|Ann Elizabeth Taylor, age 12 in England.|
Now, to go back a few years, in January 1900 Grandma Taylor and family, having sold their home, came to Canada to make a new life. I guess they thought they had come to "no man's land." When they docked at Halifax, Nova Scotia, after six weeks on the sea, the ship was like a big diamond with frozen ice. A week's ride in a train to Winnipeg, the windows of which were covered in frost, was enough to scare the toughest. But Gran was made of tough stuff, so they settled there for one year. Then they moved south to Carman, and finally to Manitou, where Gran nursed, my mother sewed and tailored, until 1906, when they moved west to Medicine Hat, Alberta. Here, besides nursing some for Dr. Oliver Boyd, Gran and my Mother ran a boarding house for CPR (Canadian Pacific Railway) men.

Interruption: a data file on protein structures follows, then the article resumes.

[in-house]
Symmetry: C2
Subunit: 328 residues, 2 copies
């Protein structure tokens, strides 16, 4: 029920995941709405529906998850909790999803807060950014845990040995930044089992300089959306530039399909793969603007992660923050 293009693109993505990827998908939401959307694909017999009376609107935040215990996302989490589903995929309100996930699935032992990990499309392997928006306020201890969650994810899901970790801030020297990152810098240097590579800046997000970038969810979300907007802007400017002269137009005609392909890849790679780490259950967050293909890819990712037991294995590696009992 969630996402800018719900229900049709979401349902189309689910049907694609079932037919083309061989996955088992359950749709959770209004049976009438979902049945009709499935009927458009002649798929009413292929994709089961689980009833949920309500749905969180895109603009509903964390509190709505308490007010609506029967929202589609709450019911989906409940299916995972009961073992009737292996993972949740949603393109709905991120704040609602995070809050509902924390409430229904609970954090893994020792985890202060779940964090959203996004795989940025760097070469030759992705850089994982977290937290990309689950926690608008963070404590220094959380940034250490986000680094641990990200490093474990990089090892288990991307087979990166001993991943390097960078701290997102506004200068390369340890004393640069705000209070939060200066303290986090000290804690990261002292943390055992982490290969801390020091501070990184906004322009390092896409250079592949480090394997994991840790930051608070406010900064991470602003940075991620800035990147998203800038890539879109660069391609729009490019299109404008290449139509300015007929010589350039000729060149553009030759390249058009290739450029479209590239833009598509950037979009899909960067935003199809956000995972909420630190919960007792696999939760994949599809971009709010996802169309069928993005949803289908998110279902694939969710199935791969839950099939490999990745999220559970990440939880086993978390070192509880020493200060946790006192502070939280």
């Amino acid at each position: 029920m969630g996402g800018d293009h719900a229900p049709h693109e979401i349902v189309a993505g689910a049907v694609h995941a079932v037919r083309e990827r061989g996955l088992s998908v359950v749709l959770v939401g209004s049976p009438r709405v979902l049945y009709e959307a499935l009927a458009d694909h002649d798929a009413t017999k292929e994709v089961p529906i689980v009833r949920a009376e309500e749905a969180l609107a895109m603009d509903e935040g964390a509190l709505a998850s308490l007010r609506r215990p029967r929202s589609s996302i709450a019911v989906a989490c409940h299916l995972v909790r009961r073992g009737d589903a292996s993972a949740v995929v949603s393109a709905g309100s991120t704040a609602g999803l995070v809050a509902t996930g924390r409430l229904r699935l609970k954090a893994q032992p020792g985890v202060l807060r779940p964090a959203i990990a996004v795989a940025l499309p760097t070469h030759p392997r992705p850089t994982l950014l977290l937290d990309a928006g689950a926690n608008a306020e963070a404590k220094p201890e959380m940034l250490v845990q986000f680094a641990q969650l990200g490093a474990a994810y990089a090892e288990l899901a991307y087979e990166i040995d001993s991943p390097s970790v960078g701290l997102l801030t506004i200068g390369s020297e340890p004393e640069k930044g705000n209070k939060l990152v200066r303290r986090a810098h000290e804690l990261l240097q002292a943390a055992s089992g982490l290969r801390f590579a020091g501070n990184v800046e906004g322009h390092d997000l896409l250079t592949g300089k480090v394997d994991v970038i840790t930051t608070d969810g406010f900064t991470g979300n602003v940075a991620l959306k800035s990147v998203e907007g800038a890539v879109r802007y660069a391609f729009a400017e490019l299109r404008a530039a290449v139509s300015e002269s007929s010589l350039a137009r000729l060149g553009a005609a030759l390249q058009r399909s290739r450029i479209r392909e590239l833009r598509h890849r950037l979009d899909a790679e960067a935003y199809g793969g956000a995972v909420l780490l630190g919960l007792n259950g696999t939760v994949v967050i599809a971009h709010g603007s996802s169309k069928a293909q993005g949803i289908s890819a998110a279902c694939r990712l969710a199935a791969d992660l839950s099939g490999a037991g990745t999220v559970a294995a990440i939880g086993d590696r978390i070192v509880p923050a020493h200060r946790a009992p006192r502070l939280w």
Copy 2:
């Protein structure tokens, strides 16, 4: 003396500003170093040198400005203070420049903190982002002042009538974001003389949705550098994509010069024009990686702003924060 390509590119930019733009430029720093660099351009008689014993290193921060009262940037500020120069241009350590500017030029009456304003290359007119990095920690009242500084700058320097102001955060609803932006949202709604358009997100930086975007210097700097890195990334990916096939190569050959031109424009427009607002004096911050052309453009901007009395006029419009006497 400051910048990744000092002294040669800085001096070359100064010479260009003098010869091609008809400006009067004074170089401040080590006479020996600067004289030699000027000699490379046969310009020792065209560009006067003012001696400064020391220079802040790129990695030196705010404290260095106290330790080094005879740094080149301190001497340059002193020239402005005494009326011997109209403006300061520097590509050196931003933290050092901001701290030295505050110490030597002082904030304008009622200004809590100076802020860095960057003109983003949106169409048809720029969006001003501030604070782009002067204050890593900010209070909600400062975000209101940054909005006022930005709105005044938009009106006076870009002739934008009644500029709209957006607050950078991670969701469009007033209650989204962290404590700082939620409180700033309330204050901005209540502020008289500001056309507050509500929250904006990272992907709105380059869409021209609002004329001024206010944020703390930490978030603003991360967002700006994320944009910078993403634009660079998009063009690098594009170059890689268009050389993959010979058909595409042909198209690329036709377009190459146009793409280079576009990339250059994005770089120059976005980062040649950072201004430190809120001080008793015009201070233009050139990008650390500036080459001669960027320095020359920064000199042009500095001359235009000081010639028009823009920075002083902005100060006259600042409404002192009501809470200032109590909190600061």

At eighteen, my Father left the hated Orangeville, Ontario, farm where he had no childhood, and joined the CPR on the Bridge and Building gang, and headed West to Medicine Hat. Here he found the boarding house, run by Mrs. E.E. Taylor and her daughter, Ann Elizabeth. He worked out of here, to Saskatoon, (where he had the first wooden rim wheel bike,) Winnipeg, Regina, Edmonton, and Lake of the Woods. This is where he met my mother. My Dad played the violin which he had brought from the east, one man was a good piano player, and Mom could sing. So they had some lively times. By the way, Mom was 4'9" tall, a real shorty. Later we kids used to call her "sawed off and hammered down," she just laughed. She was a good dancer and loved dancing. Dad fell in love with her and they were married May 19th, 1909, in St. Barnabus Church, Medicine Hat.